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July 23, 2005

Q: Open Strings in KR Background

Posted by Urs Schreiber

I am currently on vacation in Wales. Relaxing - you know. Over the weekend we are staying at the coast in the beautiful town Aberystwyth. While my girlfriend is watching out for dolphins in the bay, I sneaked away and into the nearby internet café to check my mail.

Turns out that I have received a question concerning the coupling of open strings to the Kalb-Ramond field. I thought instead of writing an anwer by private email I could just as well post it here to the Coffee Table.

Somebody wrote:

I have been trying to determine how to caluclate the surface holonomy for the B-field on a surface with a boundary. I would like to calculate it explicitely by triangulating the surface and then integrating over the triangulation. The relevant literature (by Kapustin hep-th/9909089) cites Gawedzki’s paper ‘Topological Actions in 2-d QFT’ where this holonomy is defined but without any motivation. It is very clear how to define the holonomy of a 1-form along a line and also for a 2-form on a closed surface (simply by requiring it to be gauge invariant as in Alvarez ‘Topological Quantization and Cohomology’) but I am not sure how to even motivate the definition of the holonomy in the case when the surface is not closed. As you and others are always discussing a similar problem but for non-abelian field 2-forms I presume the abelian case is already very well understood. Would you mind pointing me to a good reference?

First let me recap what that formula is that we are talking about, for the convenience of those following this.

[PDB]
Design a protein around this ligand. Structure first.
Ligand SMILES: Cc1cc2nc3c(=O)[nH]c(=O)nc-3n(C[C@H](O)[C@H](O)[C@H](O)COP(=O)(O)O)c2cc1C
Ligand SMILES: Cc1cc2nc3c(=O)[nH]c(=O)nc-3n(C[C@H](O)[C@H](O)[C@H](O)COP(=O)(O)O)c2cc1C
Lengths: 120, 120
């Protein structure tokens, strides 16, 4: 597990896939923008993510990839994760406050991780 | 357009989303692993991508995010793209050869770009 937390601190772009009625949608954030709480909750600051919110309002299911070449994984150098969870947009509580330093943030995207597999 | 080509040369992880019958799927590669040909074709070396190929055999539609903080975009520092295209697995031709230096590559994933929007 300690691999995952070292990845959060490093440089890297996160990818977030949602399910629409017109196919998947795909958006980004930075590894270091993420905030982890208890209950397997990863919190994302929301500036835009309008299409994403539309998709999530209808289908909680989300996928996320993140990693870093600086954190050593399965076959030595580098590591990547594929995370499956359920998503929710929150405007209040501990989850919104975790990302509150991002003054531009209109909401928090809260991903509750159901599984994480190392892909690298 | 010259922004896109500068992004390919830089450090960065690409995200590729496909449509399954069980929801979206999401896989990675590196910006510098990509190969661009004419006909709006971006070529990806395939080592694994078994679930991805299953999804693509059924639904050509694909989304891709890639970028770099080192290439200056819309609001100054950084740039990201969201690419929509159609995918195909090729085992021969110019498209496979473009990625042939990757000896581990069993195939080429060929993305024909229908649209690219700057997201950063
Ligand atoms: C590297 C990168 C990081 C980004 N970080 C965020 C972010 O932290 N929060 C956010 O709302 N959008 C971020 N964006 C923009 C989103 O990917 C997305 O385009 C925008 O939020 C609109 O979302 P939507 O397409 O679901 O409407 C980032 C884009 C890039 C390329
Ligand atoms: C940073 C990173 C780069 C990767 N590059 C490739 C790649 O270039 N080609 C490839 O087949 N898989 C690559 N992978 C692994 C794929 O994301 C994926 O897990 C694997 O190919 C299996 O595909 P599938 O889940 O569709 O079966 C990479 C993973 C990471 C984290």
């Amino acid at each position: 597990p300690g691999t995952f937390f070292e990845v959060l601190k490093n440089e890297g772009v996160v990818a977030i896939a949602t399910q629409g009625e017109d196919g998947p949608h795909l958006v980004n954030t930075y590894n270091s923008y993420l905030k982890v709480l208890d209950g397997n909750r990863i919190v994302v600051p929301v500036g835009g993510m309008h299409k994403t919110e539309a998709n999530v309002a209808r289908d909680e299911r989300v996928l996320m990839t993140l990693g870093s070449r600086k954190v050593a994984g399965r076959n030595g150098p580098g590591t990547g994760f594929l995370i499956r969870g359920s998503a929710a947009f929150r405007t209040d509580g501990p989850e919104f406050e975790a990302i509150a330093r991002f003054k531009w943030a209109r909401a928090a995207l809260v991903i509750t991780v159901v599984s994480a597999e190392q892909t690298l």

An abelian gerbe with connection and curving is represented by the choice 𝒰M of a good covering of base space by open contractible sets U iM together with a collection of 0-forms lnf ijk on triple overlaps U ijk=U iU jU k, a collection of 1-forms a ij on double overlaps U ij and a collection of 2-forms B i on each U i itself.

Now, given any closed surface ΣM the ‘connection and curving’ of the gerbe associates to it a complex number


called its (surface-)holonomy.

There is an ‘intrinsic’ formula in terms of bundle gerbes for this hol, as for instance described by Mackaay and Picken or as discussed in

A. Carey, S. Johnson & M. Murray
Holonomy on D-branes

In that reference it is also demonstrated how that ‘intrinsic’ formula is equivalent to a more local version, which is given by the following algorithm:

Choose a good covering 𝒰 and a triangulation of Σ subordinate to 𝒰 (i.e. such that each face sits in a single, each edge in a double and each vertex in a triple overlap). Then multiply all the following elements of U(1) together: For each vertex xU i take exp(ilnf ijk), for each edge γU ij take exp(i γa ij) and for each face Σ iU i take exp(i Σ iB i). (Obviously there is an issue of how to choose orientations which I am glossing over here.)

As far as I am aware this formula has indeed first been discussed by Alvarez in a formal physics context. It can sort of be guessed as a generalization of the respective formula for computing the holonomy of a curve in a bundle with connection, but as far as I am aware a really systematic motivation of this formula was unknown.